With their six issue version of George Lucas' and director Irvin Kershner's "The Empire Strikes Back," Mr. Williamson and Mr. Goodwin united to create perhaps the definitive film to comic translation of a major motion picture. Mr. Goodwin adapted the exciting film script to be equally exciting on the comic page, and Mr.Williamson's artistic interpretation of the mythic saga was nothing less than awe-inspiring. There was a reason George Lucas wanted him to illustrate his tale of "a long time ago in a galaxy far, far away," and Mr. Williamson more than fulfilled his hope. If ever an artist was born to draw the "Star Wars" galaxy it was Al Williamson! From his depiction of the wide range of characters, his meticulous rendering of the futuristic technology to his recreation of the imaginative vistas showcased in the larger than life film, Mr. Williamson, along with his other collaborators; inker Carlos Garzon, colorist Glynis Wein, and letterers Jim Novak and Rick Veitch, all produced a comic book classic.
This 2015 hardcover edition of the "Star Wars: Episode V" comic adaptation provides a recolored imagining of Mr. Williamson's amazing artistry. Unlike the accomplished but limited colors done for the original comics done by Glynis Wein, one of the best comic colorists of her time, the remastered colors of this volume are richer in their variety. As the title to this particular "Star Wars" film would suggest, "The Empire Strikes Back" tells the darkest tale of the Original Trilogy and the advanced coloring featured in this book add to the grimness of the plight of the heroic Star Warriors. The chilling snow storms of Hoth are given blurred effects as Luke rides his Taun Taun on patrol and the murky swamp world called Dagaobah, where Jedi Master Yoda lives in exile, is recreated with a lush palette. The modern colors utilized for this special reprinting will impress the reader not unlike how movie audiences were awed by their first sight of Cloud City as it hovered among the wonderfully hued skies of the planet Bespin. It is a beautiful display of this cherished series of comic art. Still, at the heart of this book is the impressive storytelling achievement of Al Williamson, who brings the "Star Wars" Saga to the world of comics like never before.
Within this special tome, there is also an introduction by Billy Dee Williams, the actor who portrayed Lando Calrissian, who fondly recalls his work on "Star Wars: Episode V," and his continuing bond with that other charming "scoundrel." This collection also reprints bonus material featured in the original Marvel Comic releases, including: "Building an Empire--Marvel Style: a behind the scenes look at producing the comics adaptation of 'The Empire Strikes Back,'" written by Archie Goodwin, from "Star Wars" #41; recolored versions of covers to the "Star Wars: The Empire Strikes Back Weekly" drawn by Carmine Infantino, which serialized the movie adaptation, reproduced in "Star Wars" #42; pin-ups from "Star Wars" issues #43 and 44, illustrated by Terry Austin, Michael Golden, John Byrne, Marie Severin, Frank Miller, Walt Simonson, Joe Jusko, Fred Hembeck, Bob Layton, and Marshall Rogers. In addition, the book also features the following: reproductions of original art pages by Mr. Williamson and Carlos Garzon from "Star Wars" #39; the cover to the Marvel Special Edition #2 (1980), which collected the complete "The Empire Strikes Back" adaptation, painted by Bob Larkin; "Star Wars: The Empire Strikes Back - The Special Edition (1997), another reprint of the adaptation, with a cover painted by Tim and Greg Hildebrandt; the cover to Classic "Star Wars: The Empire Strikes Back" #1 (1994), reprinting "Star Wars" issues #39-41, by Al Williamson and Matt Hollingsworth; Classic "Star Wars: The Empire Strikes Back" #2 (1994), reprinting "Star Wars" issues #42-44, cover illustrated by Cam Kennedy and Matt Hollingsworth. This collection concludes with reproductions of cover artist Adi Granov's work: a pencil version of the book's cover illustration and a textless full color version of the cover. I should happily point out that all these covers are showcased without any cover texts or logos to more fully enjoy the artwork. Finally, the book ends with a page promoting the third volume of this special reprinting of the Original Trilogy comic adaptations with a look at Mr. Granov's painting for the "Return of the Jedi" volume.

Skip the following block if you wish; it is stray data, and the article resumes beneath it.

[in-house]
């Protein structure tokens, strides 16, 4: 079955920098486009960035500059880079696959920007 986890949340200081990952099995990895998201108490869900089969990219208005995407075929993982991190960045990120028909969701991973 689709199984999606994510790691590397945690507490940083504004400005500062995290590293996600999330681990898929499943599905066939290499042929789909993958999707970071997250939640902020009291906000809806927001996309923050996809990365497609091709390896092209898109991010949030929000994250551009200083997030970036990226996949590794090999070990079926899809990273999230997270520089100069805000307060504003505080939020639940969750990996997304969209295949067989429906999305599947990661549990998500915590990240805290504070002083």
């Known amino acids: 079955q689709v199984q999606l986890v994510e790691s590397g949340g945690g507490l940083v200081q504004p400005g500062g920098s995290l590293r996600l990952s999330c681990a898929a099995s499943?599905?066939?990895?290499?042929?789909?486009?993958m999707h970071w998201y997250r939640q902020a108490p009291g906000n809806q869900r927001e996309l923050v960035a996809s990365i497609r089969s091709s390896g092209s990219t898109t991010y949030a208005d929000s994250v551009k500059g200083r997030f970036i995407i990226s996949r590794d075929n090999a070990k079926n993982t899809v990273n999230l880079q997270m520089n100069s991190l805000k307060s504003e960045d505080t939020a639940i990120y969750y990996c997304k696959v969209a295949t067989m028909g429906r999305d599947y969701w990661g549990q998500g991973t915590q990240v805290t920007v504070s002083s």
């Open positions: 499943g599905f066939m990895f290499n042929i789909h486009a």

Like its predecessor, Star Wars: Episode IV: A New Hope, this specially recolored version of a classic series of "Star Wars" comics gives readers a chance to discover or rediscover the work of one of the truly great interpreters of the vision of George Lucas. But with or without the use of 21st century coloring techniques, the work of Al Williamson remains remarkable in any century...or any galaxy!
This book comes with my highest recommendation.
May the Force be with you, always!
They did give you a treat of 2 pages of Al Williamson's beautiful black and white art and what could have been. Shame it wasn't the entire book.
All of this is to say that, when I looked through this re-release and re-coloring of "Star Wars: Episode V: The Empire Strikes Back", I felt as if I was looking on these pages for the first time! The feeling of seeing this awesome coloring job over the incredible artwork of Al Williamson was like watching the movie itself. I was actually thrilled to examine each and every page, which is not at all what I expected. The only problem I have is that I'm going to have to go ahead and purchase both the Episode IV and the Episode VI re-colored hardcover editions as this book was an unexpected pleasure to experience. If you love "The Empire Strikes Back" as much as I do and loved the Al Williamson Star Wars comics, I would highly recommend buying this edition.